In October 2009, Dolores Tietz’s physician prescribed Humira for rheumatoid arthritis. The drug suppresses the immune system by blocking the activity of TNF, a substance that can cause inflammation and lead to immune-system diseases such as rheumatoid arthritis and Crohn’s disease.
After taking Humira for several months, Tietz, 64, began suffering from chest pains, fever, and malaise. In May 2010, she hospitalized. After a two-week delay, doctors determined that she was suffering from disseminated histoplasmosis—a severe fungal infection that can cause multi-organ failure. Tietz suffered respiratory failure and fell into a coma. She remained hospitalized for several months and developed ICU polyneuropathy—a condition that occurs after extended periods in intensive care. The condition rendered Tietz paraplegic and unable to function. She underwent extensive inpatient rehabilitation and had to relearn how to walk, talk, and take care of herself. She now uses a wheelchair and requires assistance with many daily living activities. Her medical expenses totaled about $294,100.
Tietz died of a heart attack about three years after her diagnosis.
Tietz’s husband, on behalf of her estate, sued Abbott Laboratories, Humira’s manufacturer, alleging the company failed to adequately and timely warn that the drug poses a risk of fungal infections that could become life-threatening if unrecognized and untreated. The plaintiff asserted that at the time Tietz began taking the drug, the prescribing information contained a black box warning that described fungal infections as a possible risk. The plaintiff contended that the warning did not direct or otherwise inform physicians to have a “high index of suspicion” for histoplasmosis when treating a sick Humira patient. The plaintiff also alleged that Abbott failed to warn the larger medical community about the need to be vigilant for this very specific infection.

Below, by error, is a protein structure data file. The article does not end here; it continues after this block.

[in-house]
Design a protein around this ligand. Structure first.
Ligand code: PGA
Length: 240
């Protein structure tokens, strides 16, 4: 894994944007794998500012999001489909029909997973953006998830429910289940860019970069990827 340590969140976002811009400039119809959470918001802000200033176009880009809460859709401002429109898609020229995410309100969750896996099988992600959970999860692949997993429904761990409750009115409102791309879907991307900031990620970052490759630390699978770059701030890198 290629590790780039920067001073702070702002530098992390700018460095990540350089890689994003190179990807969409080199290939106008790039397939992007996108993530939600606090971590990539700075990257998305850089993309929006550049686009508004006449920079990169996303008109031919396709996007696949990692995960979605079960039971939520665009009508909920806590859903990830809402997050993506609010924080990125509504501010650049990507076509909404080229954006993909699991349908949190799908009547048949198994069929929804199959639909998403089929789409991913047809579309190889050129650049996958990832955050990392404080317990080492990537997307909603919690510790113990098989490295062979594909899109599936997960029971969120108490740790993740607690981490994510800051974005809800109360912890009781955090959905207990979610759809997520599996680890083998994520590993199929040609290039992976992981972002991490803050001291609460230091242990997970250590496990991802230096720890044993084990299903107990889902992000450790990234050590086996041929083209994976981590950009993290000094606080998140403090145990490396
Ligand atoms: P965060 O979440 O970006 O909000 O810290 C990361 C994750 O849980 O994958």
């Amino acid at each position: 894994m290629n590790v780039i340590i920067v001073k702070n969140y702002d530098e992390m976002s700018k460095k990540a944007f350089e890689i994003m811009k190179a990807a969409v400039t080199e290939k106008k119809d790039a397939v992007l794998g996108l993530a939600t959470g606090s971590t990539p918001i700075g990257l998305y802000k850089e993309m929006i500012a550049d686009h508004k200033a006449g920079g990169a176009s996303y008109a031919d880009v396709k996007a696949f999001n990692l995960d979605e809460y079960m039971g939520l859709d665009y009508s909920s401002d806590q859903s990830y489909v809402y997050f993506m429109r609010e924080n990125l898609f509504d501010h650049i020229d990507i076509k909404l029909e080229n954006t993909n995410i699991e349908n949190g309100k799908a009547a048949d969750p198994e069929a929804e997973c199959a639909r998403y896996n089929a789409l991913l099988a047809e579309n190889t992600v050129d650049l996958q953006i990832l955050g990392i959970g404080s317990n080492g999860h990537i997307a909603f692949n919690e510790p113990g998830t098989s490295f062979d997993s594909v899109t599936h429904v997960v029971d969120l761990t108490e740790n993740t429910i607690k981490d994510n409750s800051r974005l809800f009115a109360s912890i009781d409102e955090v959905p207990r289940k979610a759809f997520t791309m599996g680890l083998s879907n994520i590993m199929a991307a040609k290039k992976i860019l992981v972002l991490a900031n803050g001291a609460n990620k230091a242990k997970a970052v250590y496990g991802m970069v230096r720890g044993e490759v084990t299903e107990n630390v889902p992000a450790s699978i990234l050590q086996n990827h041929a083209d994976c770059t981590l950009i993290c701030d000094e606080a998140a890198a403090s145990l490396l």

The plaintiff offered evidence that Abbott first became aware of the risk of drug-induced, unrecognized histoplasmosis during Humira’s early clinical trials in 2000. Abbott was also aware of a multitude of adverse event reports and patient deaths after the drug began sales in January 2003, leading up to September 2008, when the FDA issued an alert to Abbott and other manufacturers of TNF blockers about the risks of unrecognized, drug-induced histoplasmosis. Despite this, the plaintiff asserted, the company failed to alert treating physicians about the risk until May 2010—years after it first became aware of the risk, 20 months after the FDA alert, and 10 days after Tietz was hospitalized.
The defense argued that its warnings were adequate and that Tietz’s infection resulted from unrelated factors, including obesity, diabetes, rheumatoid arthritis, and her exposure to a chicken coop before becoming infected.
The jury awarded about $2.24 million, including about $800,000 for pain and suffering, $650,000 for loss of a normal life, $300,000 to Tietz’s husband for loss of society and services, about $294,100 for past medical expenses, and $200,000 for past disfigurement.
Abbott has filed motions for judgment n.o.v. or a new trial.
Citation: Tietz v. Abbott Labs., No. 12-L-002715 (Ill., Cook Co. Cir. May 9, 2013).
Plaintiff counsel: AAJ member Arnold Anderson Vickery, AAJ member Jim M. Perdue Jr., and Fred H. Shepherd, all of Houston; and AAJ member Gary D. McCallister, Chicago.
Plaintiff experts: Arnold L. Lentnek, infectious disease, New York City; and M. Eric Gershwin, rheumatology, Davis, Calif.
Defense expert: David W. Feigel Jr., new drug review/approval procedures, Tempe, Ariz.